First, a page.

I've never disassembled it. I just clean the barrel and the cylinder and lubricate it externally. To maintain the lock work I remove the grip, spray degreaser in the lock work, spray my gun lube du jour into the frame and work the action. I then wipe down the exterior with an oily rag. I've read that reassembling the High Standard Sentinel Deluxe is very difficult.
     
  7. Mauser lover

    Mauser lover Member

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    308win, Do you mean that you have fired less than 200 boxes of about 50 cartridges, or less than 200 boxes of about 500 cartridges? I (usually) refer to packages of 500 as "boxes" but I know several people that call packages of 50 "boxes".

    Thanks for all of your replies everybody, I'm surprised that no "S&W only" people have chimed in yet....
     
  8. 308win

    308win Member

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    That would be less than 10,000 rounds. I call packs of 10 boxes of 50 rounds - or whatever - bricks; must be a Midwest colloquialism.

    Mine has fixed sights but HS made a couple of later models with adjustable sights.
     
  9. ForumSurfer

    ForumSurfer Member

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    I have a sentinel. It has seen thousands and thousands of rounds. I remember saving money as a kid to buy 1000 round bricks at the local hardware store to run through that pistol and my marlin 60 (also still in my possession). The cheap finish is worn off of it in several places and it is probably the ugliest gun you have even seem. But it goes bang every time and is reasonably accurate, despite the fact that the sights stink and the trigger is the worst double action I've ever owned or felt. That being said...I wouldn't get rid of it since it was a gift from pops. I've had it since I was a young kid and I'm now 34, I don't think I can wear it out in my lifetime.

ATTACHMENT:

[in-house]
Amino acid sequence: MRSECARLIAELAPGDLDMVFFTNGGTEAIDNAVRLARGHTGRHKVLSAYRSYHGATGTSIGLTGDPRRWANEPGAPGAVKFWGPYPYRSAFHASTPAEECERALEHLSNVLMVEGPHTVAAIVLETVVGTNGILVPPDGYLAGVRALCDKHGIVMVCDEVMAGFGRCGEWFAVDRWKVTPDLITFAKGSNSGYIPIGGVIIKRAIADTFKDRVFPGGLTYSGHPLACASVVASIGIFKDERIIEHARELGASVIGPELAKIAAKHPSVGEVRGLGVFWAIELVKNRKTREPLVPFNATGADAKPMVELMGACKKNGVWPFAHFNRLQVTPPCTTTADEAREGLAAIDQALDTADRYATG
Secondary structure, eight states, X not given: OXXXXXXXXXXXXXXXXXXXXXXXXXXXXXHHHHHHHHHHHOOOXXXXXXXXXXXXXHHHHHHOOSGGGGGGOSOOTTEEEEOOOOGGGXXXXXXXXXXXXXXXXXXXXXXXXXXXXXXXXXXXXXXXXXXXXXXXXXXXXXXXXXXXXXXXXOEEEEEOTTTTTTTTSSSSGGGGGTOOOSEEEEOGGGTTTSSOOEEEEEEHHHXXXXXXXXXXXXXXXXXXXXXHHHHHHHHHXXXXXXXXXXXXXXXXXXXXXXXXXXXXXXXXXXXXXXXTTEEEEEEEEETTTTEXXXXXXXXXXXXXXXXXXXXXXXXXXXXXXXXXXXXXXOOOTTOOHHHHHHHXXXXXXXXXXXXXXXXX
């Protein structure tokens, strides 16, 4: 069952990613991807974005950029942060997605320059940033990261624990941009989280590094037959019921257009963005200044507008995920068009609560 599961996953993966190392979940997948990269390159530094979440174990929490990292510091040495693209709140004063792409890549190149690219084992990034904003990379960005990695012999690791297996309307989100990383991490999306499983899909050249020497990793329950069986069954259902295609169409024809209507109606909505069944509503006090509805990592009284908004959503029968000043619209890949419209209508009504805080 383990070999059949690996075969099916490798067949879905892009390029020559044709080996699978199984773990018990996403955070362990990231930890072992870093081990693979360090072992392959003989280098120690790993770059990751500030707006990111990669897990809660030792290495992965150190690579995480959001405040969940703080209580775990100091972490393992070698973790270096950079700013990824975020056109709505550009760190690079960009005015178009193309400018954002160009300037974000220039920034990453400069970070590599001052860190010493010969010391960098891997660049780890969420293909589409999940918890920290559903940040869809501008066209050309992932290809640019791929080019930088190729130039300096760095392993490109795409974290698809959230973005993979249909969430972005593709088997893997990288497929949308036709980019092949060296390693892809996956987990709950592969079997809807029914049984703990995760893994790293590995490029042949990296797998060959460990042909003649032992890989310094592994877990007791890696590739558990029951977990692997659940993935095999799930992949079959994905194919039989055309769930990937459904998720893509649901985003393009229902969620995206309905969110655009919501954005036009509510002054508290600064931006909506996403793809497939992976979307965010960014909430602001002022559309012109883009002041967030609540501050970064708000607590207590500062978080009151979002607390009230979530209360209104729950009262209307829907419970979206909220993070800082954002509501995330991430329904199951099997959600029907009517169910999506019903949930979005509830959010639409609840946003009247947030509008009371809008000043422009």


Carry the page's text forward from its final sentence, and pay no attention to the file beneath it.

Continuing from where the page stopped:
That being said, I can't say I'd buy one. With used rugers (single six or mark-whatever) and used browning buckmarks popping up at pawn shops for $300 and less regularly, the sentinel wouldn't be anywhere on my radar.
     
  10. GCBurner

    GCBurner Member

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    When I take it out, I shoot 50-100 rounds at a time. I couldn't say how many thousands of rounds it's had through it over the last 30 some years, but when I first got it, I was shooting 500-1000 rounds a month for a while, learning double-action shooting from Ed McGivern's book. I probably only shoot it once every 3 or 4 months, now, but I still use it for double-action practice, since it's a lot cheaper to shoot than my .38 or .357 Magnum.